Monday, April 25, 2011

Hawaii Supreme Court takes up native squatting rights, Real ID real expensive for counties, Maui group sues over Main Street name, budget struggles continue, more news from the Hawaiian Islands

Waikiki homeless (c) 2011 All Hawaii News
Hawaii Gov. Neil Abercrombie and his point man on homeless issues are scheduled to announce a new initiative to help people without shelter. Associated Press.

It's decision time at the Hawaii Capitol, where lawmakers enter their final days scrounging for money to keep the state running with a full slate of proposed tax increases and spending cuts.  Associated Press.

The deadline is looming at the State Capitol, House and Senate conference committees must agree on how to close a $1.3 billion budget gap. KHON2.

University of Hawaii students are bracing for another tuition hike as state lawmakers struggle to close a major budget shortfall. Hawaii News Now.

The Hawaii Legislature's endgame is a mystery even to those who work in the state Capitol. Civil Beat.

An increase in Hawaii's general excise tax is dead for now, but Rep. George Fontaine worries that it could make a comeback. Associated Press.

The Department of Taxation reported that tax collections in Hawaii were coming in below expectations, down by 5.5 percent through the first nine months of this fiscal year. KITV4.

The Hawaii Supreme Court has agreed to hear a case in which a Native Hawaiian argues he has a constitutional right to take up residence as a caretaker of a remote state park on Kauai. Civil Beat.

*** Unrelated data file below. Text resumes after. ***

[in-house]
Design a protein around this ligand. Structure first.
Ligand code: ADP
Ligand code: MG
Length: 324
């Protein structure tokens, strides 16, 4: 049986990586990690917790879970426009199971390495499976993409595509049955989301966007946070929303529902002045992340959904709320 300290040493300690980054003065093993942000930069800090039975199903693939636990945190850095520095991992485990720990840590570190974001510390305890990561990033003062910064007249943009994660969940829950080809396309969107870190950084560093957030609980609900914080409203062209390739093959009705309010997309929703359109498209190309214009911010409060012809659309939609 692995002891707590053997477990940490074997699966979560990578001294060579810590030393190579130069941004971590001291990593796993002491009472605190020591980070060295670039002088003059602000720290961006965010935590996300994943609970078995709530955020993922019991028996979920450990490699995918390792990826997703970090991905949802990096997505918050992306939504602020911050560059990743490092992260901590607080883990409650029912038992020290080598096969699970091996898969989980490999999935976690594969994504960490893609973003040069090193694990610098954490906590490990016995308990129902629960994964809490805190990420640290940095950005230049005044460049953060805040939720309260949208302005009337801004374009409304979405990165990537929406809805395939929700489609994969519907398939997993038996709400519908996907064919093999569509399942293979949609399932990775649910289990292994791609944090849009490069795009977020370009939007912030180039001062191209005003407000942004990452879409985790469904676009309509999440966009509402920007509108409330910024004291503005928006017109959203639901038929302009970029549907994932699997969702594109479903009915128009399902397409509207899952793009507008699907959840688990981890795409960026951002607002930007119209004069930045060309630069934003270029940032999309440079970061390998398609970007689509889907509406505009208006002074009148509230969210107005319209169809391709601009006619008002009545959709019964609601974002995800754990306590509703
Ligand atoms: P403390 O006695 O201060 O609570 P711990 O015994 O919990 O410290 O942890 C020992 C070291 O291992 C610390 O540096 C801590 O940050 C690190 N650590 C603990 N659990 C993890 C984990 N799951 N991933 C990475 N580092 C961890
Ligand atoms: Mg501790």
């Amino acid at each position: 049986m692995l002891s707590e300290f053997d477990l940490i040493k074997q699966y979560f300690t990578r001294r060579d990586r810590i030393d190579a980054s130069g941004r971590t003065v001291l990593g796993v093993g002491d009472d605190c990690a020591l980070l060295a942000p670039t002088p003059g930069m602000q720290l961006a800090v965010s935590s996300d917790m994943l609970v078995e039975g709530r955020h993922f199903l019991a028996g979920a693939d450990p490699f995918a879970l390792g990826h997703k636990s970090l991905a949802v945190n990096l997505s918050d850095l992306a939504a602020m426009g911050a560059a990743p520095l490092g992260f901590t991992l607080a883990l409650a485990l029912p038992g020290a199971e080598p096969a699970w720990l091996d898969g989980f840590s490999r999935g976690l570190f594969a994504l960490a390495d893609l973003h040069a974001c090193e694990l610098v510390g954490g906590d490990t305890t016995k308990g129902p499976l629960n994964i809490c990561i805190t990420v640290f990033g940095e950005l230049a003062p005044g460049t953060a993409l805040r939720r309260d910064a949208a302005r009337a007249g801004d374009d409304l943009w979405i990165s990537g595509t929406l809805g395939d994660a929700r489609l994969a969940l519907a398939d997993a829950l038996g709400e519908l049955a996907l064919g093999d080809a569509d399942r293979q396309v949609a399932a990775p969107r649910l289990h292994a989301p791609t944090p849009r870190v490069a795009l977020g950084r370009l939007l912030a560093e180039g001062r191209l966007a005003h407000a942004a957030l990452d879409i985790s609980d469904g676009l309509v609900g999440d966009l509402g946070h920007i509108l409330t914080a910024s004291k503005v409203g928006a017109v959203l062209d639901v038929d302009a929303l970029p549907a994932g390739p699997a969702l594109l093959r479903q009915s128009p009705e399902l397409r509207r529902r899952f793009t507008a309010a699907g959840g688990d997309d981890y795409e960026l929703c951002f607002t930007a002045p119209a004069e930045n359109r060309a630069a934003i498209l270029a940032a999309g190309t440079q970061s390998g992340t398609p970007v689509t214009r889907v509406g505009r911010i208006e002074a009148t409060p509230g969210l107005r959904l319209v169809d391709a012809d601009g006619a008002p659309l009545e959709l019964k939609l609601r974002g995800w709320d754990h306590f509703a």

An unfunded federal mandate that the state passed down to the four counties will likely increase expenses for Kaua‘i in the near future, officials said last week. Garden Island.

Lost in the renewed scrutiny into President Barack Obama's birth records is the fact that anyone can walk into a Hawaii vital records office, wait in line behind couples getting marriage licenses and open a baby-blue government binder containing basic information about his birth. Associated Press.

The Wailuku Main Street Association is suing the National Trust for Historic Preservation over its right to use the Main Street name. Maui News.

The State Land Use Commission has denied Tropic Land LLC’s petition to allow a light industrial park’s construction on Lualualei valley farmland. Hawaii Independent.

Relocation of utility lines is expected to begin today as the city moves forward with work on its $5.3 billion rail transit system. Star-Advertiser.

The odor of rotting flesh emanating from a single "corpse flower" drew hundreds of new visitors yesterday to Hilo's Pana­‘ewa Rainforest Zoo & Gardens on a typically quiet Easter Sunday. Star-Advertiser.

Mitsubishi has chosen Hawaii to be the first state in the nation to get the company's new electric car. KHON2.

Continental Airlines has begun hiring airport workers as it prepares to launch its direct mainland-to-Hilo service this summer. Tribune-Herald.

Hawaii state health officials have sent samples of Big Island groundwater for testing after the release of radiation from Japanese nuclear power plants last month. Associated Press.

The Queen Liliuokalani Trust is getting quite a tax break on a $9.9 million commercial parcel it owns at a prime Kona crossroads. West Hawaii Today.

“Ua Mau Ke Ea O Ka Aina I Ka Pono – The life of the land is perpetuated in righteousness.” This, the state motto of Hawaii, is one of the few if not only state mottos that alludes to man’s integral relationship to the natural world. Molokai Dispatch.

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